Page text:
History. A Mess., by Sigrún Pálsdóttir

It seems deeply ironic to be reading History. A Mess., by Sigrún Pálsdóttir (and translated by Lytton Smith) only a few weeks after Naomi Wolf gave a devastating interview, in which she learns that she made a serious mistake in interpreting historical documents. Her thesis disappeared in a puff of smoke during that interview. In this brief, sometimes bewildering book, another woman makes a mistake with her primary source only to realize it just before turning in her thesis. This mistake was the basis of the entire thesis. Fixing it would mean starting all over and our protagonist has already spent six years trying to get her doctorate in art history.

Our unnamed protagonist believes that she has discovered that a semi-famous painter may have been a woman. This discovery would push back the date of the earliest known woman artist in England to the mid-1600s. In reading a diary by S.B., which is mostly a dull recounting of the artist’s daily routine, our protagonist believes that certain sentences reveal S.B.’s gender. She only realizes her mistake when she goes back to check something and can’t find the original passage. It turns out that she skipped a page because the diary was just so boring. Like Wolf’s thesis, our protagonist’s work goes up in a puff of smoke.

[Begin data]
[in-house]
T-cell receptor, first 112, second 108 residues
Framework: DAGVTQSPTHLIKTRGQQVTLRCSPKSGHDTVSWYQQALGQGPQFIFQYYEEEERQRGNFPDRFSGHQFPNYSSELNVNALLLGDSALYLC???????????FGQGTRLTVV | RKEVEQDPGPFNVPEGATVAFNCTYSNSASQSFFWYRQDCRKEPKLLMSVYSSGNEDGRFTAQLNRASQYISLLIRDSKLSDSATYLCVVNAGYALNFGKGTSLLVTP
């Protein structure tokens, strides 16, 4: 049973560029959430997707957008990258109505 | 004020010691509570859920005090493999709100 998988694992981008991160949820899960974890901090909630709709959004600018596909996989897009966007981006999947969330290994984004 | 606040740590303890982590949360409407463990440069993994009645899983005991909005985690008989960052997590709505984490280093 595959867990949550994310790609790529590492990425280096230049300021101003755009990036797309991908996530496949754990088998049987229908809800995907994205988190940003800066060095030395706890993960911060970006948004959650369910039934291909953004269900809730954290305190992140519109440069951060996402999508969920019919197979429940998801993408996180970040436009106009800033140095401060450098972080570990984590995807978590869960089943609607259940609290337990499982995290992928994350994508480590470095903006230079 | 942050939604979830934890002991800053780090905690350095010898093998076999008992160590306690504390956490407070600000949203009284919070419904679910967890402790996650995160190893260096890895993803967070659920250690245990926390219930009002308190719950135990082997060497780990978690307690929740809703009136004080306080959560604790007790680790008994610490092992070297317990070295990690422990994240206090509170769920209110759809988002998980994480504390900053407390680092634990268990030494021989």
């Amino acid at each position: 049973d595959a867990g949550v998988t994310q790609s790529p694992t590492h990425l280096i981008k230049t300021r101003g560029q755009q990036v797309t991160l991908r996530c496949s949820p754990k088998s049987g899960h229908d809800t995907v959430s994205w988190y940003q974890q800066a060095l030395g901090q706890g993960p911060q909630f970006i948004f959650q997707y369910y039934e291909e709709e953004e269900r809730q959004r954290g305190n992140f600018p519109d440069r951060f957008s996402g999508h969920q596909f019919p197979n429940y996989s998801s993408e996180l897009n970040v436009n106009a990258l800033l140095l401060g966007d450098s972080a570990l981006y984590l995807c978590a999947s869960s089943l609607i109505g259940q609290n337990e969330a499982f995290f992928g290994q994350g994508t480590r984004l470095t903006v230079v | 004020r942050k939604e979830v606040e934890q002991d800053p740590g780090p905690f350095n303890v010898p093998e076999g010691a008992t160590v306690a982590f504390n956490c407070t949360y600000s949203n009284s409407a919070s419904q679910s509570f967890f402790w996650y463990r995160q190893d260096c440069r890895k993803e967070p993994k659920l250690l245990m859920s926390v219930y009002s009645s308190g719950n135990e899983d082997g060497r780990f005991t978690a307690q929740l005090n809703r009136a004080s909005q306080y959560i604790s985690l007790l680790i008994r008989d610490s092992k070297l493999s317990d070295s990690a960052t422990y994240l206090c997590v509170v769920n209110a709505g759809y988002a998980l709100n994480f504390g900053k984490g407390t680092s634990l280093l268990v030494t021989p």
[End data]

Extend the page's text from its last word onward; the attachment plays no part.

This mistake, we learn, is just the latest in a long line of misinterpretations and disappointments. Much of the novel requires some very close reading to figure out not only what happened in our protagonist’s life, but also what she thinks happened. The two are not always the same thing. Some readers may get a little lost if they try to read too quickly. (I found myself having to stop and re-read more than once, because I was trying to go at my usual pace.) Because I had an advanced reader copy that was a little messy, I wasn’t sure if the publishers plan to print the book with a lot of white space to help break up the text. Lytton Smith does a good job of narrating the messy, often stream-of-consciousness text as our protagonist revises her entire life. I’m fairly sure that all my comprehension problems came from just trying to read too fast.

This book wasn’t what I was expecting when I requested a review copy. I thought I was going to get a satire about how a little mistake becomes a big deal while exploring the foibles of academia. History. A Mess. is a lot more serious than that. It’s also a lot more psychological than that as it takes place almost entirely inside one woman’s mind. I would be more likely to recommend this book to readers who like unreliable narrators than I would to readers looking for an insider’s glimpse of academia. Being fond of unreliable narrators myself, I was pretty solidly hooked on History. A Mess. I’m glad I stuck this book out because the ending was brilliant, unexpected-yet-perfect, and emotionally powerful.

I received a free copy of this book from the publisher via Edelweiss for review consideration.

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